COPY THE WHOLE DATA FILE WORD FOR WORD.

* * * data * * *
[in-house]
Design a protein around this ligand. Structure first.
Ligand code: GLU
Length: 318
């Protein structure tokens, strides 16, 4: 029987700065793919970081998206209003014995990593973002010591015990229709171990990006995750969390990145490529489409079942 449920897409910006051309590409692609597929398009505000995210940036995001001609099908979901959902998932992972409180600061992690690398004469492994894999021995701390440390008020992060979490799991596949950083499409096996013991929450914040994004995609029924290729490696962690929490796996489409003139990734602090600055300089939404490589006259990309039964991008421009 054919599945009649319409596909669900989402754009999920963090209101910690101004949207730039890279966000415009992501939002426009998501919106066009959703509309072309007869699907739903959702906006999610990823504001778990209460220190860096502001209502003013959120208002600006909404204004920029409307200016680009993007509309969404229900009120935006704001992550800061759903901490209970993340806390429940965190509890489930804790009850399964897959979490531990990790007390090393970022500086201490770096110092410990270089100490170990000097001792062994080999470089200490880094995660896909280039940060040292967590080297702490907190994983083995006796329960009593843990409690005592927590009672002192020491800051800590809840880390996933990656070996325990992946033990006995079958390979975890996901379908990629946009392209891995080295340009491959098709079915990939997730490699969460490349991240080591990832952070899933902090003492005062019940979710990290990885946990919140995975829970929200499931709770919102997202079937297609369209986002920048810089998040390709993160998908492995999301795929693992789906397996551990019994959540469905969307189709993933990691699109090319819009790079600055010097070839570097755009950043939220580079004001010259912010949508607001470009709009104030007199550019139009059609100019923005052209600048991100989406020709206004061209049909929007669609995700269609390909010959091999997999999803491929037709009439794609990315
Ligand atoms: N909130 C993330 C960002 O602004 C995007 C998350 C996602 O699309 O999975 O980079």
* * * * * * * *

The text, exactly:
[in-house]
Design a protein around this ligand. Structure first.
Ligand code: GLU
Length: 318
């Protein structure tokens, strides 16, 4: 029987700065793919970081998206209003014995990593973002010591015990229709171990990006995750969390990145490529489409079942 449920897409910006051309590409692609597929398009505000995210940036995001001609099908979901959902998932992972409180600061992690690398004469492994894999021995701390440390008020992060979490799991596949950083499409096996013991929450914040994004995609029924290729490696962690929490796996489409003139990734602090600055300089939404490589006259990309039964991008421009 054919599945009649319409596909669900989402754009999920963090209101910690101004949207730039890279966000415009992501939002426009998501919106066009959703509309072309007869699907739903959702906006999610990823504001778990209460220190860096502001209502003013959120208002600006909404204004920029409307200016680009993007509309969404229900009120935006704001992550800061759903901490209970993340806390429940965190509890489930804790009850399964897959979490531990990790007390090393970022500086201490770096110092410990270089100490170990000097001792062994080999470089200490880094995660896909280039940060040292967590080297702490907190994983083995006796329960009593843990409690005592927590009672002192020491800051800590809840880390996933990656070996325990992946033990006995079958390979975890996901379908990629946009392209891995080295340009491959098709079915990939997730490699969460490349991240080591990832952070899933902090003492005062019940979710990290990885946990919140995975829970929200499931709770919102997202079937297609369209986002920048810089998040390709993160998908492995999301795929693992789906397996551990019994959540469905969307189709993933990691699109090319819009790079600055010097070839570097755009950043939220580079004001010259912010949508607001470009709009104030007199550019139009059609100019923005052209600048991100989406020709206004061209049909929007669609995700269609390909010959091999997999999803491929037709009439794609990315
Ligand atoms: N909130 C993330 C960002 O602004 C995007 C998350 C996602 O699309 O999975 O980079």